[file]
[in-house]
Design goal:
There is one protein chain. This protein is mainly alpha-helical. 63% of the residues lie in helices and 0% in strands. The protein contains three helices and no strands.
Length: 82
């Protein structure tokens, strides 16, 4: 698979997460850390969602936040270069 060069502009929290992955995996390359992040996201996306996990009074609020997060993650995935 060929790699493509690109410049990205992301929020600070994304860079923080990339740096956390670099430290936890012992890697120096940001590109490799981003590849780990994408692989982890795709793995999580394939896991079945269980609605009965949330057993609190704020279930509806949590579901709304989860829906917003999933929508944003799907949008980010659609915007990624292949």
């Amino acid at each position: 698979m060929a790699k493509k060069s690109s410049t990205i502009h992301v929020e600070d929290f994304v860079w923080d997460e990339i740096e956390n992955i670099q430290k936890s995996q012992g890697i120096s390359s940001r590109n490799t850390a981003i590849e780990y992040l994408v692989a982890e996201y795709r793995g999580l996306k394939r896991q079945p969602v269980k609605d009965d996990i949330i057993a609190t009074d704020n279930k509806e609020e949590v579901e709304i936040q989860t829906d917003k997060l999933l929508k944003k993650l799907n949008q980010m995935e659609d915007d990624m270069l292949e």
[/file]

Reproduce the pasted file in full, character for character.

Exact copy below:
[in-house]
Design goal:
There is one protein chain. This protein is mainly alpha-helical. 63% of the residues lie in helices and 0% in strands. The protein contains three helices and no strands.
Length: 82
């Protein structure tokens, strides 16, 4: 698979997460850390969602936040270069 060069502009929290992955995996390359992040996201996306996990009074609020997060993650995935 060929790699493509690109410049990205992301929020600070994304860079923080990339740096956390670099430290936890012992890697120096940001590109490799981003590849780990994408692989982890795709793995999580394939896991079945269980609605009965949330057993609190704020279930509806949590579901709304989860829906917003999933929508944003799907949008980010659609915007990624292949």
């Amino acid at each position: 698979m060929a790699k493509k060069s690109s410049t990205i502009h992301v929020e600070d929290f994304v860079w923080d997460e990339i740096e956390n992955i670099q430290k936890s995996q012992g890697i120096s390359s940001r590109n490799t850390a981003i590849e780990y992040l994408v692989a982890e996201y795709r793995g999580l996306k394939r896991q079945p969602v269980k609605d009965d996990i949330i057993a609190t009074d704020n279930k509806e609020e949590v579901e709304i936040q989860t829906d917003k997060l999933l929508k944003k993650l799907n949008q980010m995935e659609d915007d990624m270069l292949e």